He nodded, an avaricious glint in his eye. “Why would I flee from such a boon?” he said, starting to really take this seriously. Hopefully not too seriously; I’d hate to disappoint him too much! I had gotten on Aylwyn’s good side, such as it was, by proving to her that I was more than the simple magic-thief I appeared to be and that I was actively working to build something greater than myself. Somehow I doubted Kyle would do the same.
Be that as it may, it was time to part ways. We were at a crossroads. South lay Khorun, and Keliar was to the east, so it was time for him to leave. We unhitched his horses and let him take them, but we kept the cart.
Sarah gave a sigh of relief as he rode off. “He’s quite the character,” she observed, “but I’m glad he’s gone. You think he’ll actually help Aylwyn?”
“I really hope so,” I said. “Because if he’s stupid enough to try to make trouble for her, that means I may well have just sent a man to his death, and I really don’t want to have done that, even if I did warn him.”
Sarah looked surprised. “She didn’t kill Ken’tu Kel, and he had done far worse than simply ‘making trouble,'” she pointed out.
“Good point.” That actually was kind of reassuring.
* * *
It was getting dark when we finally arrived at the capital a few days later, so we stopped at an inn for the night. I’d been deliberately going without shaving, and I had about a week’s worth of facial hair by this point, which I made sure to trim and make it look presentable the next morning.
Sarah ended up as a half-elf again that morning. She had always wanted to see the palace, so after eating, bathing, etc, we headed for the Royal Academy, which was not far from the palace. I figured that would be the best way to get an introduction for Anthony Stark to go speak with King Ryan de Morgan.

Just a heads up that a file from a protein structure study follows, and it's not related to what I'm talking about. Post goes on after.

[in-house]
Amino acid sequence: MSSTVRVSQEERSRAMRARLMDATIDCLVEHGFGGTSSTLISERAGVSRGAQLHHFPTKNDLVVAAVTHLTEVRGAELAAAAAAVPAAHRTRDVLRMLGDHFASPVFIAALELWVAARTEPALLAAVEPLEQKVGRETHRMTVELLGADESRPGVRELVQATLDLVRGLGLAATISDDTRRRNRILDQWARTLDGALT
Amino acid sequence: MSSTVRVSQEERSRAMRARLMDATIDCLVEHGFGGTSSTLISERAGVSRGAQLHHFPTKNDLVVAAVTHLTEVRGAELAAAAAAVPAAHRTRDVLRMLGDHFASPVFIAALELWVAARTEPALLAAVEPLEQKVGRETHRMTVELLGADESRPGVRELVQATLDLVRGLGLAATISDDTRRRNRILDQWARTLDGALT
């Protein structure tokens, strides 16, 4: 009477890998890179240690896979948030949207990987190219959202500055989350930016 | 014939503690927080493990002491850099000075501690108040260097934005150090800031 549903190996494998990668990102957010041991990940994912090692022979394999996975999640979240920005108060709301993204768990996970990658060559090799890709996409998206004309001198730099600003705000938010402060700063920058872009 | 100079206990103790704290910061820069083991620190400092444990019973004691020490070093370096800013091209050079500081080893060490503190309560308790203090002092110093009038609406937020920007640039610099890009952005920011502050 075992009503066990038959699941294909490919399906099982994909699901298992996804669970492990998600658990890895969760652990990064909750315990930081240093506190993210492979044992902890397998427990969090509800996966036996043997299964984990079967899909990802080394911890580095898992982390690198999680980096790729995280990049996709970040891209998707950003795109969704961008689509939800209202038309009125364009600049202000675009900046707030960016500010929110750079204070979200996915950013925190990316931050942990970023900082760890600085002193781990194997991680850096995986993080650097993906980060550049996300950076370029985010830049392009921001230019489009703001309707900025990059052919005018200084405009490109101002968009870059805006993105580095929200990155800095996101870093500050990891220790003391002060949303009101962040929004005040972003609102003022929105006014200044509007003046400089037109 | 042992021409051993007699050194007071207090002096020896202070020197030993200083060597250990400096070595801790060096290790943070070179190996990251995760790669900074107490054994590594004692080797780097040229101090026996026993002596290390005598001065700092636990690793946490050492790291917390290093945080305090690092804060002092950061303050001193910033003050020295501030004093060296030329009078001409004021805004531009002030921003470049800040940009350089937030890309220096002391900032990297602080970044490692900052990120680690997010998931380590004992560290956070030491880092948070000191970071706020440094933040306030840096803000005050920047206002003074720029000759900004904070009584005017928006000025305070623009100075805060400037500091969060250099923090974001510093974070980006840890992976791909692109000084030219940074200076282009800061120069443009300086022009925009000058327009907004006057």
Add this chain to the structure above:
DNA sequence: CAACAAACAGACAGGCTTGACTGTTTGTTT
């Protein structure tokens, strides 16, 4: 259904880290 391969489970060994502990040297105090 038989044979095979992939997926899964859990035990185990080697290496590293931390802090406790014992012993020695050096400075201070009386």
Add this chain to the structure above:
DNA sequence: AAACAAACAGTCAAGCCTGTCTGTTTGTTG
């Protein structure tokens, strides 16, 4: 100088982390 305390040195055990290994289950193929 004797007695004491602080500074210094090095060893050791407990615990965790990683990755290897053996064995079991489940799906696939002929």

When we were about half a mile away, I looked up and saw about the last thing I wanted to see: a carriage approaching, drawn by horses decked out in blue and silver. I quickly turned into the nearest store, a glazier’s shop, and pretended to be very interested in his collection of mirrors for a few minutes, while carefully watching out the window.
It turned down a street that would take it directly to the palace. That was just what I needed.
“What’s going on?” Sarah asked.
I headed back out into the street; I didn’t want to discuss this with listening ears nearby. “Did you see that carriage?”
She nodded. “Sort of.”
“What color was the livery?”
She closed her eyes briefly, thinking back, then groaned when she got it. She shot me an alarmed look, and I nodded.
“Yeah. That’s why.”
The various nobles of the kingdom all had their own colors and coats-of-arms, but they weren’t the only ones. By law, a craftsman acknowledged by their guild as having achieved the highest levels of mastery could register an official coat-of-arms as well, and that carriage bore the colors and pattern of the Archmagus of Keliar, Fiona Khal.